Q: I am re-landscaping my entire yard, and instead of mulch, rocks or pine needles, I am planning on using shells. Will shells create any type of problem for my trees, shrubs or flowers?
(Question from Naples, Florida)
A: Generally shells are much like a stone mulch. Except shells will slowly leach calcium into the soil as they very gradually degrade. If you already have a high pH (soil measure of acidity or alkalinity), which means your soil is alkaline, then using a shell mulch would slowly raise the pH. Also most Florida well water has a high (alkaline) pH which will also raise the pH of the soil over time. And generally most plants in our landscape prefer or do better with soils that are just slightly acidic. So you should have your soil pH tested at your local Cooperative Extension office. It is usually a county department listing. Also, shells, like stones, used for mulch will be warmer than an organic mulch layer. And plants generally do better when soil temperatures are moderate not hot.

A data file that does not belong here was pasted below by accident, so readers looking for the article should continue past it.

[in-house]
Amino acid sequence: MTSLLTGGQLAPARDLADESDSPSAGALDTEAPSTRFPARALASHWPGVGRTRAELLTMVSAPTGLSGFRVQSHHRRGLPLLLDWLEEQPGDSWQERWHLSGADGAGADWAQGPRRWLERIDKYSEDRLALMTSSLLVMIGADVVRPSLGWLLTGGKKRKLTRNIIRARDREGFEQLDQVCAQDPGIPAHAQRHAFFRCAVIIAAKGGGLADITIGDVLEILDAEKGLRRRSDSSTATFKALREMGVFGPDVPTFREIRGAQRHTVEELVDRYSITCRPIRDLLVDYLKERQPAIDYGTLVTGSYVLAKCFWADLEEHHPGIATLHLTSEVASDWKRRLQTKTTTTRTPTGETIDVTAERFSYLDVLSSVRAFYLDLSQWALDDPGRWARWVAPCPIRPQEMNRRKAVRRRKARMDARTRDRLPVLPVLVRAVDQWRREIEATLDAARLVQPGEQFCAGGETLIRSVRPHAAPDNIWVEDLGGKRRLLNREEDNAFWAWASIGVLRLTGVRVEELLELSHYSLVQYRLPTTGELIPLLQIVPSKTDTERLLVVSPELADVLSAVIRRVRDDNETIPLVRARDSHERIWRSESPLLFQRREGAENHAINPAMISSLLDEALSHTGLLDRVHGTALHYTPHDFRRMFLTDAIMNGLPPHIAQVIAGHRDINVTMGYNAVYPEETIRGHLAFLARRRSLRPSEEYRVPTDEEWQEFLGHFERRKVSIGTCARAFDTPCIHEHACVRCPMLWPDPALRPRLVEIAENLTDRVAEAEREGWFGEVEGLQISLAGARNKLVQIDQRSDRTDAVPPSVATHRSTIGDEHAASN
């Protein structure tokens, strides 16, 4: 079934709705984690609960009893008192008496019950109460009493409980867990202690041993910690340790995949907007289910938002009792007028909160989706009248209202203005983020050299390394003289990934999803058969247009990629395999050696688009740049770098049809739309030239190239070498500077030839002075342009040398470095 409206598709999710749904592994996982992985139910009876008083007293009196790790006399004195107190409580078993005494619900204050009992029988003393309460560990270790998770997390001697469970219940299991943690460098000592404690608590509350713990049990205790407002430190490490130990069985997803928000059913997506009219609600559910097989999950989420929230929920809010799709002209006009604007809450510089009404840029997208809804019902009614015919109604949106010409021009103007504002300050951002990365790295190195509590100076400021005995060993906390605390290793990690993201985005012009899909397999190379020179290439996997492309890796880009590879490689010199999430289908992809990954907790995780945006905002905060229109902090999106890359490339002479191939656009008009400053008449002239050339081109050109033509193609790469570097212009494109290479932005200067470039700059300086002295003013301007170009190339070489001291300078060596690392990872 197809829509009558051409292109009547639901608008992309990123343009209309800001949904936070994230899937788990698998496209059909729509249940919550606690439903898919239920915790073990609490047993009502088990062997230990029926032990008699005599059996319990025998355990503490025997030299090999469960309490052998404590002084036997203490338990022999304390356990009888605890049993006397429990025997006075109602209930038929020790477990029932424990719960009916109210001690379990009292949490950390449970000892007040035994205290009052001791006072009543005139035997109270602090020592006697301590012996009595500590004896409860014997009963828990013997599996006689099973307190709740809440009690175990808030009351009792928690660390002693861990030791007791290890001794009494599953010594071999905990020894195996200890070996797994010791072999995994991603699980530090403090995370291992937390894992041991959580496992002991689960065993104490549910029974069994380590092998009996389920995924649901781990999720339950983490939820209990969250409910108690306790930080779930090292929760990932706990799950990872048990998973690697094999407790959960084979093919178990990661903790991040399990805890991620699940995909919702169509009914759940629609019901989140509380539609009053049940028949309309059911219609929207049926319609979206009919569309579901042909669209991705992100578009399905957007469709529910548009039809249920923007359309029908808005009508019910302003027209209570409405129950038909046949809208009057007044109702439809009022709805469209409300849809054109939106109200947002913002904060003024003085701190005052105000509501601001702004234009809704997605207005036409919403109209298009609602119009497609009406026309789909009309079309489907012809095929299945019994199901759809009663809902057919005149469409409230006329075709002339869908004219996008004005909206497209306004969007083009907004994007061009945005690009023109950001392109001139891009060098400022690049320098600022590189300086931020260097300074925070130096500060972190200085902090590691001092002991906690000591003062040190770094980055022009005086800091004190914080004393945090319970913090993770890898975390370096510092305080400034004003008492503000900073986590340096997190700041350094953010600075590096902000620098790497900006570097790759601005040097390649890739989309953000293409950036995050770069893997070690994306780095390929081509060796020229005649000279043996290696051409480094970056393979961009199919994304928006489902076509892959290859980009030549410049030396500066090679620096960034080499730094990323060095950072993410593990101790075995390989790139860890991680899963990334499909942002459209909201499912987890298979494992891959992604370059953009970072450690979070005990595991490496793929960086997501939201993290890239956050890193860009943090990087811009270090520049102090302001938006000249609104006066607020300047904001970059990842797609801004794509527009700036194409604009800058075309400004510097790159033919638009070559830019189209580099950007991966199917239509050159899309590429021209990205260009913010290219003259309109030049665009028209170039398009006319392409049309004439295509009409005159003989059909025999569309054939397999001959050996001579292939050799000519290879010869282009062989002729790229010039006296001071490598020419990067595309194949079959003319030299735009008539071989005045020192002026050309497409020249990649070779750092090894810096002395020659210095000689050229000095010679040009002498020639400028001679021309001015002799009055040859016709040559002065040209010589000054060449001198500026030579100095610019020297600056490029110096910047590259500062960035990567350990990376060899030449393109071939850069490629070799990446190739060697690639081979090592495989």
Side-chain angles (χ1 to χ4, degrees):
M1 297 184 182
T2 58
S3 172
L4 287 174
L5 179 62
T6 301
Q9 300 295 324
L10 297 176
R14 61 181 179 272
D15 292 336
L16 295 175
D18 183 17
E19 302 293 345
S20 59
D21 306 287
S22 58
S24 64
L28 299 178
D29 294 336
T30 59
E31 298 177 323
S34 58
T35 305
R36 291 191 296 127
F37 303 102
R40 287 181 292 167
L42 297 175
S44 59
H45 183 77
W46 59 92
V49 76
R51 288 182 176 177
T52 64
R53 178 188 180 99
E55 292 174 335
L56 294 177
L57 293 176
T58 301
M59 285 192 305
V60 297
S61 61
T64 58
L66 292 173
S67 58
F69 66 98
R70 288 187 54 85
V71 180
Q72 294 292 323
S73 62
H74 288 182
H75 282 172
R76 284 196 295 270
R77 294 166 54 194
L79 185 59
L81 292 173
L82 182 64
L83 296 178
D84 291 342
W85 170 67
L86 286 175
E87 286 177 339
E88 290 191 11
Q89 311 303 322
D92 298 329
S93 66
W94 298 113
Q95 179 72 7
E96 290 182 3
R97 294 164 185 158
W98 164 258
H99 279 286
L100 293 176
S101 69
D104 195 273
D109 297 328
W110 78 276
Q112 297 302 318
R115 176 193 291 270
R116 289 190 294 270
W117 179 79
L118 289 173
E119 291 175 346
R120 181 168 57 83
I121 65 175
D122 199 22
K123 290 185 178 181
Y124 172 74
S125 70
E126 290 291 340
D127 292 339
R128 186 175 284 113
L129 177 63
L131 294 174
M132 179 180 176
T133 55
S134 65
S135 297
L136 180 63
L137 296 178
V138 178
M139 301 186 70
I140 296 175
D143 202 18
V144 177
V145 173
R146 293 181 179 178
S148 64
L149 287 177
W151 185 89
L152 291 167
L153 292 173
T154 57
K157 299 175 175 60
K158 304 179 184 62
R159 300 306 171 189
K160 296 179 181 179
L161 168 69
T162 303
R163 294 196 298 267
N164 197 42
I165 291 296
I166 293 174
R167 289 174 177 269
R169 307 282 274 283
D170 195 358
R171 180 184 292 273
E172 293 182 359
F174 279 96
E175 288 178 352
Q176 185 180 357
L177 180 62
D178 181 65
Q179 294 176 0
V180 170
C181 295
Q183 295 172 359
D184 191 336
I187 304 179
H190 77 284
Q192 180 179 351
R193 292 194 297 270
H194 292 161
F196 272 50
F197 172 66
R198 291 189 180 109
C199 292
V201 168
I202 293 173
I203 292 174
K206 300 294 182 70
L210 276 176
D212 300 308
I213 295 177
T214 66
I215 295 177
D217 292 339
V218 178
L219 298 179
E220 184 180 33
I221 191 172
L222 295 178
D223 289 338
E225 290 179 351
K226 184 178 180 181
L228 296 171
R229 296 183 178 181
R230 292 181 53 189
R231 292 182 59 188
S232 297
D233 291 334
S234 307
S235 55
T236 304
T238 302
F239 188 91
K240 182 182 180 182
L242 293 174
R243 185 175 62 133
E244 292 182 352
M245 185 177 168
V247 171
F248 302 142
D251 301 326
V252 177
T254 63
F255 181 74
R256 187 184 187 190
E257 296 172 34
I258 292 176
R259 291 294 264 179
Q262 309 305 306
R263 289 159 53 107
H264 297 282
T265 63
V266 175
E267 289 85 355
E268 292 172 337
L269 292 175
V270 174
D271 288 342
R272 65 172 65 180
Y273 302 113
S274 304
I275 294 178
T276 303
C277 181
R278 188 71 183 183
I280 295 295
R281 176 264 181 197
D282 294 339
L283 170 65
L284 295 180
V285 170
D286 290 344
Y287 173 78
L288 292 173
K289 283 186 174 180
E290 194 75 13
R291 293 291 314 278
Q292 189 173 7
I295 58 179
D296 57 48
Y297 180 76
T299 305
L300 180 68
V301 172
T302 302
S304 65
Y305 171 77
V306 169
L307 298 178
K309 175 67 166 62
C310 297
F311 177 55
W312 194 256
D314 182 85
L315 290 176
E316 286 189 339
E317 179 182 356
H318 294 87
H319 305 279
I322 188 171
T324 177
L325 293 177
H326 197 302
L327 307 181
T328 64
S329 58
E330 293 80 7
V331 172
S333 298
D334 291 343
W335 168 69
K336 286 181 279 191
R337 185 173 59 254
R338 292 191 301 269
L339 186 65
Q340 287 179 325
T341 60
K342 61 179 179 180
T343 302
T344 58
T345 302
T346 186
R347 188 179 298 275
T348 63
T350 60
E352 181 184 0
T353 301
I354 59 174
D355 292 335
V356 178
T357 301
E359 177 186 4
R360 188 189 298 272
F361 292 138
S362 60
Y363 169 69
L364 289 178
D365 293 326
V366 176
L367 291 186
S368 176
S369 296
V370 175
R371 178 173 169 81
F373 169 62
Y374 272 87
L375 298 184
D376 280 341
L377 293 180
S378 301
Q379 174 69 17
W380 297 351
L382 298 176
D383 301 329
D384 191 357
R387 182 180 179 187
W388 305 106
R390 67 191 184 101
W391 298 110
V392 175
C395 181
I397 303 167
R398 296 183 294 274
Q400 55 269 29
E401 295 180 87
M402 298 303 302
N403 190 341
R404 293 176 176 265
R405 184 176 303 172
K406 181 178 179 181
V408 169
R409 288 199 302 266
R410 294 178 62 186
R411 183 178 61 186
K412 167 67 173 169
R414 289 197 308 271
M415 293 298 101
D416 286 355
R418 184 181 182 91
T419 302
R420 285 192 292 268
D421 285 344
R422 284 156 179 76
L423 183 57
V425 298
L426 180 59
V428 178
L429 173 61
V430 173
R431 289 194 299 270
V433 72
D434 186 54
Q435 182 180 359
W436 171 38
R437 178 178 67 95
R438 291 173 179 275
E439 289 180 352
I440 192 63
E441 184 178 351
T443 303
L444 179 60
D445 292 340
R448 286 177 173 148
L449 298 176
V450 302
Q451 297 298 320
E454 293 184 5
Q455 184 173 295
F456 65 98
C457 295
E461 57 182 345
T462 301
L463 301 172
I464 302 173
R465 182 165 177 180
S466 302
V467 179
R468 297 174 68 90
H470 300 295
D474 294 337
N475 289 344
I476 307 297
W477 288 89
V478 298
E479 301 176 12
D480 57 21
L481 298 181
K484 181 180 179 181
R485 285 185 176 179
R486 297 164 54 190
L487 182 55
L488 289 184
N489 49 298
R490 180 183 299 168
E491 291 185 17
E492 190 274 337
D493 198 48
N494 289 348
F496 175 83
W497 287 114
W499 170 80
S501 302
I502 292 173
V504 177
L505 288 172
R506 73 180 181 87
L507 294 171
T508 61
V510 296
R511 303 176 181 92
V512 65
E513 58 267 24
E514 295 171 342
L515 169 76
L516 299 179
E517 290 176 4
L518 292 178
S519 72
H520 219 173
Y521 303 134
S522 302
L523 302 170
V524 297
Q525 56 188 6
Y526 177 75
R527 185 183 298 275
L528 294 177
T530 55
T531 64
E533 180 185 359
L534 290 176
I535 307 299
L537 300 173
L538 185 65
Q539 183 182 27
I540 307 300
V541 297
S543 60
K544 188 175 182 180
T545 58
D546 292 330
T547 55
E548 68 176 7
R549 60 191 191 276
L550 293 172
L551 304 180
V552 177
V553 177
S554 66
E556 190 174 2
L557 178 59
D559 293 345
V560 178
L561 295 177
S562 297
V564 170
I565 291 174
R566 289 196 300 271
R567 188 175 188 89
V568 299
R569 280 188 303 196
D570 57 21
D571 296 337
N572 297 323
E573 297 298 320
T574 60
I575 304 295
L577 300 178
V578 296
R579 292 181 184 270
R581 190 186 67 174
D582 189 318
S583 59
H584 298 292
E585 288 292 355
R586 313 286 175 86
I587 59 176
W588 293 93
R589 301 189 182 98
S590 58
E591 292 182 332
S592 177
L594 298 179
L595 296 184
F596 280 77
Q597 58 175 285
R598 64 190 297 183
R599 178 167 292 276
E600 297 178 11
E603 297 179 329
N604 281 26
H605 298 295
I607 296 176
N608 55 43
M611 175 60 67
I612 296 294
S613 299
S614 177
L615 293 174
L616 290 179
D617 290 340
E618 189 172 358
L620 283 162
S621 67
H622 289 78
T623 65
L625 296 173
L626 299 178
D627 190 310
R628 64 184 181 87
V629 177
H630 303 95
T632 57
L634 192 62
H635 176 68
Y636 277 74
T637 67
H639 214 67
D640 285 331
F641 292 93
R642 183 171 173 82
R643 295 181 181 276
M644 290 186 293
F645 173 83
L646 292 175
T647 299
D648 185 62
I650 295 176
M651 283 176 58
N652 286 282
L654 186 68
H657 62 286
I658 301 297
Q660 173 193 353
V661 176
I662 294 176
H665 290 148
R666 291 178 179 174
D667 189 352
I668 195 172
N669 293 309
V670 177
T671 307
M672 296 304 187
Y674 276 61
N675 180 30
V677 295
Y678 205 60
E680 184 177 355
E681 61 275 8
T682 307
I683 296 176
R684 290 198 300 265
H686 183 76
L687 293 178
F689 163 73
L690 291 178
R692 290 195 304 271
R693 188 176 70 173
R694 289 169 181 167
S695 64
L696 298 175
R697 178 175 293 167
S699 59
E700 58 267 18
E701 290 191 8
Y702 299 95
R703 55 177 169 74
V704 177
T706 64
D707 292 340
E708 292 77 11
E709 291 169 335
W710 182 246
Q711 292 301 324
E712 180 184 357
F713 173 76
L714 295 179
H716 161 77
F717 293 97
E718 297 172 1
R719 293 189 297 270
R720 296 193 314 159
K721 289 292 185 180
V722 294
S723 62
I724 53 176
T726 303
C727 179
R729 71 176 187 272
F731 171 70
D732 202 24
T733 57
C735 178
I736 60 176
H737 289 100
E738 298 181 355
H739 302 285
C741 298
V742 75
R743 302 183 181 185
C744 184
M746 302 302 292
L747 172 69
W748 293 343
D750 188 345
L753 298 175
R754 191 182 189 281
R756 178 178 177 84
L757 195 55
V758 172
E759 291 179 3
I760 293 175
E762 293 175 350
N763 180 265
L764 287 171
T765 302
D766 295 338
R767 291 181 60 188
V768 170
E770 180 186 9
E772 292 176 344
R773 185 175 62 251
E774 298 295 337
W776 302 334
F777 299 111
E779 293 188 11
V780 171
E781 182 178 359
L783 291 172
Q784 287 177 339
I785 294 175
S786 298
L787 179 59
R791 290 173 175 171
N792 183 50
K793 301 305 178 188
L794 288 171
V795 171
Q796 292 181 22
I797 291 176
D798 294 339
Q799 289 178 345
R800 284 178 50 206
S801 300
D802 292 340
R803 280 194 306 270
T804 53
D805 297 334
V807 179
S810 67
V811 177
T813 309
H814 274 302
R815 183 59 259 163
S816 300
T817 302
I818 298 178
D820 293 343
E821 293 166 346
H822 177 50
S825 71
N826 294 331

Having said that I still would encourage you to use organic material for the mulch for the following reasons:
Our Florida soils are sandy with little organic matter and organic matter is beneficial for plant growth by aiding water retention and slowly breaking down to provide nutrients to the plants. Organic matter also provides higher levels of micro-organisms and humus that are beneficial to soils and plants. Once you decide to stop adding organic mulch to your soil, the existing organic matter in the soil decomposes within several months and is gone. And there is no additional organic matter other than an occasional decaying root that will replenish this valuable soil asset — organic matter.
Organic mulch is by far the best thing and one of the least expensive things you can do for the long-term health of your landscape. And the organic mulch should be placed directly onto the soil with no weed mat which would inhibit the breakdown and movement of the organic mulch into the soil.
As you can see I do have a organic mulch bias. But I have developed this bias over the years watching poor sandy soils become poorer and plants doing poorly.
Good luck however you decide to proceed.